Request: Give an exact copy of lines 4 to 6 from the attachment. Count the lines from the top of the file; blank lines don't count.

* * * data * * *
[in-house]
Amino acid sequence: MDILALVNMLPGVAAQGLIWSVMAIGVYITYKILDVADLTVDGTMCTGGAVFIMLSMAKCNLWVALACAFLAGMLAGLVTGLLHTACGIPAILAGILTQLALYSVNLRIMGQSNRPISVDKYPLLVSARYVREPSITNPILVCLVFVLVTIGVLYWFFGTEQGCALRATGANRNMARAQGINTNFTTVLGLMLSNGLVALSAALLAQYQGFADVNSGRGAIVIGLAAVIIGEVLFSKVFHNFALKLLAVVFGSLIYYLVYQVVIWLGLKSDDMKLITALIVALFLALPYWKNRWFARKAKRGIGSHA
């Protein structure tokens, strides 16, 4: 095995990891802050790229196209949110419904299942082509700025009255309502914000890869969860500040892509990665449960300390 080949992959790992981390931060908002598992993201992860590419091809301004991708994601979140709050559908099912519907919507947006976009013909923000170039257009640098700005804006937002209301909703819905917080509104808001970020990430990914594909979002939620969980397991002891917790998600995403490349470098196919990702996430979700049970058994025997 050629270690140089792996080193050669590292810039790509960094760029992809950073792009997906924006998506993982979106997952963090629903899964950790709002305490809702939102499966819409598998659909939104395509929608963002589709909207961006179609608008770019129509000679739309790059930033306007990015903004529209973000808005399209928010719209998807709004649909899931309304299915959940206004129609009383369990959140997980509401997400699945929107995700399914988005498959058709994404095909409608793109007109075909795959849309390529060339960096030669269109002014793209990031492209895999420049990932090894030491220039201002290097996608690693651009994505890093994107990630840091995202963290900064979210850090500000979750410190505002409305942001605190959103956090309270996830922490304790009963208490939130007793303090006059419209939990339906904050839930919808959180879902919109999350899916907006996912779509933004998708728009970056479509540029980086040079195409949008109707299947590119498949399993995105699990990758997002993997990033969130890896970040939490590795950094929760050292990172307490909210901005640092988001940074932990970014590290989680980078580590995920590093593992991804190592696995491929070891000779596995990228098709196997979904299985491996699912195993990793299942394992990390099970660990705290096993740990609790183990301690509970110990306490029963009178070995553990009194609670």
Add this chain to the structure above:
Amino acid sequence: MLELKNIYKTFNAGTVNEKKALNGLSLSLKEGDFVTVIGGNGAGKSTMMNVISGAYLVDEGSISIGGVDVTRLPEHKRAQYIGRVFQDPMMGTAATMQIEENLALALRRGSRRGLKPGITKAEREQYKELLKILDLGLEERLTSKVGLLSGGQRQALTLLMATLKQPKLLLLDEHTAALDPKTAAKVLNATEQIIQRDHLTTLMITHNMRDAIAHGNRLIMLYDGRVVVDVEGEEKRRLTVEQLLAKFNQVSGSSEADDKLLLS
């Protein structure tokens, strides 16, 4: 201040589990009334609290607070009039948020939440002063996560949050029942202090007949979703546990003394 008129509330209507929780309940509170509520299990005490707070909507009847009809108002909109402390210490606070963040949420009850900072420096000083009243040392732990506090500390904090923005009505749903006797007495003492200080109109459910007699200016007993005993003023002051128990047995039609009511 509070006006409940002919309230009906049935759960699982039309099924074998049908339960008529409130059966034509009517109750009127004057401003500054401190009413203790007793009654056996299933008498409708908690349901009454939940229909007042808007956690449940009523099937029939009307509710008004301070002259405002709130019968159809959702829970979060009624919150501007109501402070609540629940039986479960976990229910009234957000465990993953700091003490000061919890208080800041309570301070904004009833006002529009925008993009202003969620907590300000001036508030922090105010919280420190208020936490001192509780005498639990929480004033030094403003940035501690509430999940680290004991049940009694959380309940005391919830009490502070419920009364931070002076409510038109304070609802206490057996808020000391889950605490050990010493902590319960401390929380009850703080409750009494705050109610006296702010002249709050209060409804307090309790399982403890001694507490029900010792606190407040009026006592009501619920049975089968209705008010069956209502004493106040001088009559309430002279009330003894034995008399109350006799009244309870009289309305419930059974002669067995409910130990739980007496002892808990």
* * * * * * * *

Add this chain to the structure above:
Amino acid sequence: MLELKNIYKTFNAGTVNEKKALNGLSLSLKEGDFVTVIGGNGAGKSTMMNVISGAYLVDEGSISIGGVDVTRLPEHKRAQYIGRVFQDPMMGTAATMQIEENLALALRRGSRRGLKPGITKAEREQYKELLKILDLGLEERLTSKVGLLSGGQRQALTLLMATLKQPKLLLLDEHTAALDPKTAAKVLNATEQIIQRDHLTTLMITHNMRDAIAHGNRLIMLYDGRVVVDVEGEEKRRLTVEQLLAKFNQVSGSSEADDKLLLS
């Protein structure tokens, strides 16, 4: 201040589990009334609290607070009039948020939440002063996560949050029942202090007949979703546990003394 008129509330209507929780309940509170509520299990005490707070909507009847009809108002909109402390210490606070963040949420009850900072420096000083009243040392732990506090500390904090923005009505749903006797007495003492200080109109459910007699200016007993005993003023002051128990047995039609009511 509070006006409940002919309230009906049935759960699982039309099924074998049908339960008529409130059966034509009517109750009127004057401003500054401190009413203790007793009654056996299933008498409708908690349901009454939940229909007042808007956690449940009523099937029939009307509710008004301070002259405002709130019968159809959702829970979060009624919150501007109501402070609540629940039986479960976990229910009234957000465990993953700091003490000061919890208080800041309570301070904004009833006002529009925008993009202003969620907590300000001036508030922090105010919280420190208020936490001192509780005498639990929480004033030094403003940035501690509430999940680290004991049940009694959380309940005391919830009490502070419920009364931070002076409510038109304070609802206490057996808020000391889950605490050990010493902590319960401390929380009850703080409750009494705050109610006296702010002249709050209060409804307090309790399982403890001694507490029900010792606190407040009026006592009501619920049975089968209705008010069956209502004493106040001088009559309430002279009330003894034995008399109350006799009244309870009289309305419930059974002669067995409910130990739980007496002892808990």